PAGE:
Deciding what it means at your studio, however, is an important place to start.

Gauging interest

An experienced teacher at major studios throughout the mid-Atlantic region and a certified dance/movement therapist, Snyder opened her own studio last September with classes in ballet, tap, jazz, and hip-hop; she and three other teachers work with approximately 70 students, ages 2 to 14. In October, Snyder added a contemporary class.

“I was contacted by a mom whose 13-year-old daughter wanted to add contemporary to her ballet repertoire,” Snyder says. “Another girl joined her, and we’re about to add two more. So it started organically.”

Snyder believes that public interest in contemporary dance has been fueled largely by TV dance programs. “We get requests for contemporary. We field questions almost daily,” she says. Along with that interest, however, come certain misconceptions, especially the notion that contemporary dance is simple.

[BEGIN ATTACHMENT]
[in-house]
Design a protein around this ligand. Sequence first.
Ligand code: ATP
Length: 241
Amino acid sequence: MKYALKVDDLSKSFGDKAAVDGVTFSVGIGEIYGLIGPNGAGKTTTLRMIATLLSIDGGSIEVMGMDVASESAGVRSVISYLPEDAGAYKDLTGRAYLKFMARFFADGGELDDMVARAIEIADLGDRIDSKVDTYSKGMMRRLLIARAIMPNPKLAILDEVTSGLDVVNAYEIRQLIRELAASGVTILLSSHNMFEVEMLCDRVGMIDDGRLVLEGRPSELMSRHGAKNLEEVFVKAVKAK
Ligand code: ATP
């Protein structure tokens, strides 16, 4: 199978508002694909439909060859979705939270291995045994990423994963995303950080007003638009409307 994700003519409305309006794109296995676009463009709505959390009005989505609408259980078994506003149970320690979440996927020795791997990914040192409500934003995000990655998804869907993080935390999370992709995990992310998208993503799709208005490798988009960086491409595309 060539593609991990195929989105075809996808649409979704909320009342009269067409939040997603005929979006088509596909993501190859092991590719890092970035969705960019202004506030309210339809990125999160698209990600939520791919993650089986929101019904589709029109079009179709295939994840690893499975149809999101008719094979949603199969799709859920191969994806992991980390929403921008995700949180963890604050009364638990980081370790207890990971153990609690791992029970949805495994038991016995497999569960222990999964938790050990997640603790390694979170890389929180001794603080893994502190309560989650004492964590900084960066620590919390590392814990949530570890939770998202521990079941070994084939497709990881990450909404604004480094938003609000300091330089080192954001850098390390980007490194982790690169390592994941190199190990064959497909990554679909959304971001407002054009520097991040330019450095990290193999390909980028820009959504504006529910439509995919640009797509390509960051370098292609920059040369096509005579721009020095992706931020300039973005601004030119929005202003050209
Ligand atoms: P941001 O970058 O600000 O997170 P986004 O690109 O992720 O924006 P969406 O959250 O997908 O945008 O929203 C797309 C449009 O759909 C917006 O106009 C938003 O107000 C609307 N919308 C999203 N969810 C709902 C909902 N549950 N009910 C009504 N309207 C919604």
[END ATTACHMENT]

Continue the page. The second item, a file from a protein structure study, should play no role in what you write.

Chelsea H. Smith (at right) teaches contemporary dance class at Bethesda Conservatory of Dance in Maryland; she says contemporary is defined by “the innovation side of the movement.” Photos courtesy Chelsea H. Smith

“Students have to have previous training; they need to be taking a technique class. They can’t just come in off the streets and be a contemporary dancer,” Snyder says. “We find that [this concept is] hard for dancers to understand. They see contemporary dance on TV and think, ‘I’m going to be a contemporary dancer tomorrow.’ It’s not a reasonable expectation.”

Cunningham has also seen a media-generated uptick in interest. “It was about eight years ago that the industry starting taking a turn,” she says. “So You Think You Can Dance came out and this contemporary scene was out there for the dancers to see. It started becoming more popular, and we wanted to make sure we were offering every genre to our dancers. People were asking if we had those classes.”

Now in its fourth decade, Premiere is home to approximately 440 students, 16 teachers, and a schedule that includes ballet, tap, jazz, lyrical, modern, musical theater, acro, and hip-hop. Students are divided between the competition program—which will be entering seven contemporary routines in regionals this competition season—and the performance (formerly called recreational) program. Cunningham initiated contemporary classes in the competition program and then expanded them to the performance program; the studio now offers approximately 10 contemporary classes a week for all levels, starting at age 6.